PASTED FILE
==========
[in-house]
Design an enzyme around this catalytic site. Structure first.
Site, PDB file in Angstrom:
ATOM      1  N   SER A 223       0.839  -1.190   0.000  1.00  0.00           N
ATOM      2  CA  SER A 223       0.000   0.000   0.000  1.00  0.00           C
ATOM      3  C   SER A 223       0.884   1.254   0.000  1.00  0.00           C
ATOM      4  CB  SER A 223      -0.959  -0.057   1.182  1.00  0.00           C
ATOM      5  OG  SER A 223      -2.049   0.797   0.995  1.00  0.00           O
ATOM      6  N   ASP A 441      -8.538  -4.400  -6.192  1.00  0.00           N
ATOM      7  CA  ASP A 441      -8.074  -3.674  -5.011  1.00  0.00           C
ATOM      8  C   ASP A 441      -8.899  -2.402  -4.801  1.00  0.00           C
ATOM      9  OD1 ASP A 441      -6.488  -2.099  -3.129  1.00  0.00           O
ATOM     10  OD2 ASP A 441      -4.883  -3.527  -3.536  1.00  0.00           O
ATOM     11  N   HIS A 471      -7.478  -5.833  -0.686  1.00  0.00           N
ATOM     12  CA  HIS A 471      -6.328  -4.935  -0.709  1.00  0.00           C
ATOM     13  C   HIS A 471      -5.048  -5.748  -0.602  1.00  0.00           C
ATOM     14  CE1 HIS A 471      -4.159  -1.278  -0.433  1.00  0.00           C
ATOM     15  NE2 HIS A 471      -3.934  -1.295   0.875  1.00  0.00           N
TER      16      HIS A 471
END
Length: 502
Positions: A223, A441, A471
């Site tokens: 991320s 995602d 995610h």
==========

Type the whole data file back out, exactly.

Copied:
[in-house]
Design an enzyme around this catalytic site. Structure first.
Site, PDB file in Angstrom:
ATOM      1  N   SER A 223       0.839  -1.190   0.000  1.00  0.00           N
ATOM      2  CA  SER A 223       0.000   0.000   0.000  1.00  0.00           C
ATOM      3  C   SER A 223       0.884   1.254   0.000  1.00  0.00           C
ATOM      4  CB  SER A 223      -0.959  -0.057   1.182  1.00  0.00           C
ATOM      5  OG  SER A 223      -2.049   0.797   0.995  1.00  0.00           O
ATOM      6  N   ASP A 441      -8.538  -4.400  -6.192  1.00  0.00           N
ATOM      7  CA  ASP A 441      -8.074  -3.674  -5.011  1.00  0.00           C
ATOM      8  C   ASP A 441      -8.899  -2.402  -4.801  1.00  0.00           C
ATOM      9  OD1 ASP A 441      -6.488  -2.099  -3.129  1.00  0.00           O
ATOM     10  OD2 ASP A 441      -4.883  -3.527  -3.536  1.00  0.00           O
ATOM     11  N   HIS A 471      -7.478  -5.833  -0.686  1.00  0.00           N
ATOM     12  CA  HIS A 471      -6.328  -4.935  -0.709  1.00  0.00           C
ATOM     13  C   HIS A 471      -5.048  -5.748  -0.602  1.00  0.00           C
ATOM     14  CE1 HIS A 471      -4.159  -1.278  -0.433  1.00  0.00           C
ATOM     15  NE2 HIS A 471      -3.934  -1.295   0.875  1.00  0.00           N
TER      16      HIS A 471
END
Length: 502
Positions: A223, A441, A471
């Site tokens: 991320s 995602d 995610h």